Carroll: Gail Schwartz’s past helps pave our future
October 18, 2016
Ask most career politicians what prompted them into a life of public service and they'll likely answer as, well, a politician: It's an honor, not a choice, to represent the people, defend our freedoms, and bring an outsider's perspective to Washington. (Then there's Donald Trump, whose presidential aspirations include making America rape again.)
Earlier this month I asked Gail Schwartz, a former 40-year Aspen and Snowmass resident and the current Democratic candidate for Colorado's 3rd Congressional District, about the circumstances that first led her to enter the political arena over two decades ago. While she may wish her path to office could be summed up in a cliched sound bite, it's not nearly that rosy.
Schwartz was a single mom in 1981 when her 8-year-old daughter, Shannon, was killed in a car accident on Interstate 70. Her grief was acute, although unlike today where organizations including Pathfinders, the Aspen Hope Center and Mind Springs Health are available for those experiencing trauma, angst and depression, no such local services existed to assist her back then. That's why, along with a friend who'd also experienced a harrowing loss at around the same time, Schwartz started a bereavement group that ran twice a month for a decade.
"We needed to have a forum to talk to people about this," she told me. "People didn't understand how to cope with such a predictable emotion. There's a real price a person pays when losing a loved one."
She invited speakers and therapists to their group, saw to it that teachers and first responders in the community were trained to deal with loss and PTSD, and helped get the area's first hospice off the ground. She worked hard to "stay present" to her own loss all along, although when she and her second husband welcomed a son who died shortly after birth, "it opened the wound."
"It spurs you into service," Schwartz said. "You can't replace the love and devotion you would have given to your child, but you can take a certain level of commitment and make a difference in other people's lives. I had no intention of running for public office, but then I saw the value of what I'd done in the schools and being engaged in hospice and hospitals. If you take that next step, you can be even more effective."
Schwartz all but retired not long ago after two terms in the state Senate, moving with her husband to Crested Butte. However, the "spectacle" playing out in the current election season spurred her to rethink riding off into the sunset.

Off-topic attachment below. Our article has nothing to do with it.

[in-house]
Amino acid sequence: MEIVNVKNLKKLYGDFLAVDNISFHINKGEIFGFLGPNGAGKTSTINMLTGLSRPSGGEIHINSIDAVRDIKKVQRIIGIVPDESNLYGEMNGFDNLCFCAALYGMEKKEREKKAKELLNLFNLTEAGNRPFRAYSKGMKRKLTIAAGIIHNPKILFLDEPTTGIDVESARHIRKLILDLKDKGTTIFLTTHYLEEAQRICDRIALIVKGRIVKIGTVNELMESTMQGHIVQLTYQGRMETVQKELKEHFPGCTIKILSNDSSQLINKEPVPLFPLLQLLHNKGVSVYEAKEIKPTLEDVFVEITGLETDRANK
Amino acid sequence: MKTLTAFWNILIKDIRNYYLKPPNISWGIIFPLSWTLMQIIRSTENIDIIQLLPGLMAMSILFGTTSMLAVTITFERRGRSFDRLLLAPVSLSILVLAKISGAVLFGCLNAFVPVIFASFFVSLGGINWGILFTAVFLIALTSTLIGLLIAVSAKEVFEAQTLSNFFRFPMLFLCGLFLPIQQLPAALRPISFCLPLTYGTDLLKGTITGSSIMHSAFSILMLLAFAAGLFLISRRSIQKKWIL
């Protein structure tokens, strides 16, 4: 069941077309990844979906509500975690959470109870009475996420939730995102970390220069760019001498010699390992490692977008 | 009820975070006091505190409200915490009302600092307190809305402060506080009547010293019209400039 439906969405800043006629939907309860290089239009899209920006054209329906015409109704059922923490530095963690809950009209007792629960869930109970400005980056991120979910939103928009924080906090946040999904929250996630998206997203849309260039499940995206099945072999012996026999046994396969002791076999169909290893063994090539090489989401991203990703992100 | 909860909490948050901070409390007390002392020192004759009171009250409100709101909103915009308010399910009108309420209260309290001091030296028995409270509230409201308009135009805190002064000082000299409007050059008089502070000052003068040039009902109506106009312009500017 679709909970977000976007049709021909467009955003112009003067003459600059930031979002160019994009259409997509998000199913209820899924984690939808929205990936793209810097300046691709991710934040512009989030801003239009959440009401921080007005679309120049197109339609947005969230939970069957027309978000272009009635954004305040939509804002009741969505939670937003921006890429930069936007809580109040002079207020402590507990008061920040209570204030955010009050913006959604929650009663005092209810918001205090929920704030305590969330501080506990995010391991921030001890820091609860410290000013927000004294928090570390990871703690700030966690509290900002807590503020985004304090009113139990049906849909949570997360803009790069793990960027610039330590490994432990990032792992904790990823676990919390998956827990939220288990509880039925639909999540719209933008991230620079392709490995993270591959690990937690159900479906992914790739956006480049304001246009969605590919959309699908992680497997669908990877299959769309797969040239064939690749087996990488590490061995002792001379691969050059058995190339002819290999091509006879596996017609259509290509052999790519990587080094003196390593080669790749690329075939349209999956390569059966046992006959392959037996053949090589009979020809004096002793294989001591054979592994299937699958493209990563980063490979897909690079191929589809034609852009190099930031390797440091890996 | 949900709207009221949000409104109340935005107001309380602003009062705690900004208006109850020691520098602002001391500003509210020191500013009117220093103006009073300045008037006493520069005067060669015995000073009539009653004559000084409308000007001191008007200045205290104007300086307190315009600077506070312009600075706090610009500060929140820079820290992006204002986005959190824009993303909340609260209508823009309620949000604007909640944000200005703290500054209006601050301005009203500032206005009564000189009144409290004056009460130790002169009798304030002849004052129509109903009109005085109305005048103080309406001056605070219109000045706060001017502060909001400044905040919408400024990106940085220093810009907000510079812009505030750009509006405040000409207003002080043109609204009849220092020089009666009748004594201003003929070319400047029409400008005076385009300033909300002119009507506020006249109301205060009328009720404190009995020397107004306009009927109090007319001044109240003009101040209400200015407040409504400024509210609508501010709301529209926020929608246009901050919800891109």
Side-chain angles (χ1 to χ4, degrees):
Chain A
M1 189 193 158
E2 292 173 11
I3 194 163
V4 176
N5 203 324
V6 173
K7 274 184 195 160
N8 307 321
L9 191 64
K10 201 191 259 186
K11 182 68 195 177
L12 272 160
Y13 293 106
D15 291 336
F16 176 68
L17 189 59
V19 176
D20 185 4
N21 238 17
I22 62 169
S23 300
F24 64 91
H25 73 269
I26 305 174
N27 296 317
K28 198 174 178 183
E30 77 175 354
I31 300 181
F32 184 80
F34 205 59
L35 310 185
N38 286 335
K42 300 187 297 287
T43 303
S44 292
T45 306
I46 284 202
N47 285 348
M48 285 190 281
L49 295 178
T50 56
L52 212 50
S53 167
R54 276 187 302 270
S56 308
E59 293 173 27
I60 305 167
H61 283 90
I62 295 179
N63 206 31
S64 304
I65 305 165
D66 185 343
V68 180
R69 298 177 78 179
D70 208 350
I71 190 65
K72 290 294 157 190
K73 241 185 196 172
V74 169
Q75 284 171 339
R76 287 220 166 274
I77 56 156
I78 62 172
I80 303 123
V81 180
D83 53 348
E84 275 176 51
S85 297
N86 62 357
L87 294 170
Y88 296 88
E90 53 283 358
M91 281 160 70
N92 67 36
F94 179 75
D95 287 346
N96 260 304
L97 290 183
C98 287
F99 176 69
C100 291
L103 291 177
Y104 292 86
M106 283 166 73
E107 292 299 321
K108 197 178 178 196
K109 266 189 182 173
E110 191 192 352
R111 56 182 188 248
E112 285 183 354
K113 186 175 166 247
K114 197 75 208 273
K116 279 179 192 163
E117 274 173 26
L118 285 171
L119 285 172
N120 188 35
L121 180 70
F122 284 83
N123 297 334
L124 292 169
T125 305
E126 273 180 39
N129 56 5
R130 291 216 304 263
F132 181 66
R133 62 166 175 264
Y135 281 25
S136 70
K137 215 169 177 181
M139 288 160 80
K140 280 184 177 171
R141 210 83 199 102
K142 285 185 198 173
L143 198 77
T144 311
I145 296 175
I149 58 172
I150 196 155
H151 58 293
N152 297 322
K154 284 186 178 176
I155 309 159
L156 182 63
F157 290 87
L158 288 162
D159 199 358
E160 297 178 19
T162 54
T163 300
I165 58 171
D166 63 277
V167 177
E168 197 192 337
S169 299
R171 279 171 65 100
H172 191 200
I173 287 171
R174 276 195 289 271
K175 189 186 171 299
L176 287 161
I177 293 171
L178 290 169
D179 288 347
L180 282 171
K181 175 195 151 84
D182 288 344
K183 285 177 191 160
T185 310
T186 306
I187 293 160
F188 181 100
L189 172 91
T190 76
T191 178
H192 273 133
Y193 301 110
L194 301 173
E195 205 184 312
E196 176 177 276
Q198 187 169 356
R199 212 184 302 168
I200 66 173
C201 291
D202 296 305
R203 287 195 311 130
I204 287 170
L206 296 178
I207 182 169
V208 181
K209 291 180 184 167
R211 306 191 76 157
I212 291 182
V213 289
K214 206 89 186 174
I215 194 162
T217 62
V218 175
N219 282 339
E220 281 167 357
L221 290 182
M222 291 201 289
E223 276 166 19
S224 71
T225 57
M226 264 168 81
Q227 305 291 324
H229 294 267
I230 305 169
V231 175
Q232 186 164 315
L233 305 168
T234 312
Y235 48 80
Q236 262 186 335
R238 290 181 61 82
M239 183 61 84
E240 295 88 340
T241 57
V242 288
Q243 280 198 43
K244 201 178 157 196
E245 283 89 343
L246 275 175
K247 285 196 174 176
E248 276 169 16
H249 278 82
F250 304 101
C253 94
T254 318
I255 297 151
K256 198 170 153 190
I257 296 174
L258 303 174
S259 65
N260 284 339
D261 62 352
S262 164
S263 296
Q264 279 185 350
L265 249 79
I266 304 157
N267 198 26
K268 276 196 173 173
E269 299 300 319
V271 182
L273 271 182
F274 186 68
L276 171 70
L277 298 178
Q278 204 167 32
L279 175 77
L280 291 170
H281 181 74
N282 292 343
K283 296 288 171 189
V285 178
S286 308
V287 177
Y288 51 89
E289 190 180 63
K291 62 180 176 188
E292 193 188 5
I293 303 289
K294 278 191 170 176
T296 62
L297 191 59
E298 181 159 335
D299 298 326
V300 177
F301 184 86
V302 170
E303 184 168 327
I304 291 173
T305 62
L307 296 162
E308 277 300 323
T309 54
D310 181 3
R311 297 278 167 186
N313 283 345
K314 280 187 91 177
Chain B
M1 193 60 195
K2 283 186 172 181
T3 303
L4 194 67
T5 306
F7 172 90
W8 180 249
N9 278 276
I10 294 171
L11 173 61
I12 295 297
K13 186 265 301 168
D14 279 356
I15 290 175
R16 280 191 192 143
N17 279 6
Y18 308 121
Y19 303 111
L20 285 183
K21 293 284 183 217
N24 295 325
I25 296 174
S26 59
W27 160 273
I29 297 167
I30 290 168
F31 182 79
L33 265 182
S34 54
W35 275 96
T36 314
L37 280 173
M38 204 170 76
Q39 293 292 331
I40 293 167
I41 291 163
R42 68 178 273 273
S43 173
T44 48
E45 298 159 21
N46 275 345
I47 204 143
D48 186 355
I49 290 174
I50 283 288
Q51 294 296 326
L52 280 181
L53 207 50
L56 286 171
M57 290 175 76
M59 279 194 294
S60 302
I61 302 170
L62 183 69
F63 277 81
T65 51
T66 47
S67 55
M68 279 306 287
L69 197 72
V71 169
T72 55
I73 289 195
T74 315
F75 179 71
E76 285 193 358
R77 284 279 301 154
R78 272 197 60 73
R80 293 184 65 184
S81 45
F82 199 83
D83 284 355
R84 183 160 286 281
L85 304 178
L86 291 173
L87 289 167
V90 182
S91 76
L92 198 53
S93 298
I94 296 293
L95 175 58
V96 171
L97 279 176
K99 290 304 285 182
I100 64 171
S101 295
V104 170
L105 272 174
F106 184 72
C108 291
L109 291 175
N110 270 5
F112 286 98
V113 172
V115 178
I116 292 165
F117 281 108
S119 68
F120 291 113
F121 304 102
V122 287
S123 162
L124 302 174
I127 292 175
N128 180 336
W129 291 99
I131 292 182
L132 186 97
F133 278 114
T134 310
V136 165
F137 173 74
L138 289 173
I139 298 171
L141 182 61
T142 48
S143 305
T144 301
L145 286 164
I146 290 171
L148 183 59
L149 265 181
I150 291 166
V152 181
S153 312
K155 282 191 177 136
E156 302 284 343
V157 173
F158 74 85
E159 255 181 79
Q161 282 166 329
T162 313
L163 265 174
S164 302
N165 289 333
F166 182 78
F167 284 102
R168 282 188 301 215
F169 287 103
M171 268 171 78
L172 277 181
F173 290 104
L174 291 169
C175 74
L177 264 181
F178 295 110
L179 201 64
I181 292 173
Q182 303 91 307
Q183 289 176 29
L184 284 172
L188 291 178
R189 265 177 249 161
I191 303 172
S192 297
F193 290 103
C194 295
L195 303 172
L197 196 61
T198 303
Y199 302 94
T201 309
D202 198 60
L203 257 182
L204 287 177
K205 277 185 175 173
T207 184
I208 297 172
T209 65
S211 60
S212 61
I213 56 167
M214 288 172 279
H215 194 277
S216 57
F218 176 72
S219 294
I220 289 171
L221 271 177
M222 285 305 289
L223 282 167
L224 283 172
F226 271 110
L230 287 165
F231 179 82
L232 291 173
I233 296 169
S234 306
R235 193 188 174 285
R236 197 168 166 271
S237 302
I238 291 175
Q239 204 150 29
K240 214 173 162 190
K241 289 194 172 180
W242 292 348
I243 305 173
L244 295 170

Making meaningful change "requires a special skill set," she said. The feeling that Rep. Scott Tipton, her opponent in the congressional race, doesn't represent her due to his failure to adequately address climate and water issues, and because of his position against women's and same-sex rights, inspired her to start "a different conversation." Judging by his TV ads attacking Schwartz, it seems as if Tipton isn't enjoying the dialogue. Still, Schwartz is taking the high road.
"Name calling doesn't put food on the table," she said.
Tipton is misleadingly trying to pin Schwartz for declining coal jobs instead of acknowledging the main culprit: the falling price of natural gas. Besides, she argues, coal, as part of Colorado's portfolio, "is not going away" entirely. And even though support in the heart of some coal-heavy areas may lean in Tipton's favor, Schwartz is still showing up to talk about the ways she has and will continue supporting them.
Her record adds undeniable value to her campaign promises, too, including the funding she secured from the American Recovery Act to rebuild Highway 133 especially for miners traveling to and from work on unsafe roads. She empathizes deeply with the mining communities that date back for generations, and while coal will remain, she acknowledges many of the jobs lost to other energy sources won't return. That's led her to question the dearth of significant tax and other incentives for new industries, including outdoor recreation, from Congress.
Moving forward instead of looking back is Schwartz's goal, though, including in the marijuana industry. While she didn't support legalization initially, now that it's here she wants to work toward having the federal government officially acknowledge the states that adopted it constitutionally so they can compete for water rights and establish proper banking systems. Schwartz also aims to boost Colorado's hemp farmers who are being blocked by the government from accessing grants.
She'll succeed in Congress by reaching across the aisle as she did in the state Senate, where most of her success was due to bipartisan support. Compare that with Tipton, who votes almost exclusively with his fellow Republicans, and add the sense among many that his visibility in rural communities in need of economic stabilization is nextto nonexistent, and it's hard to imagine a future where he could move the needle profoundly.
"When you're slashing budgets, tools and protections, you're undermining the future of these communities," Schwartz said.
More at MeredithCarroll.com.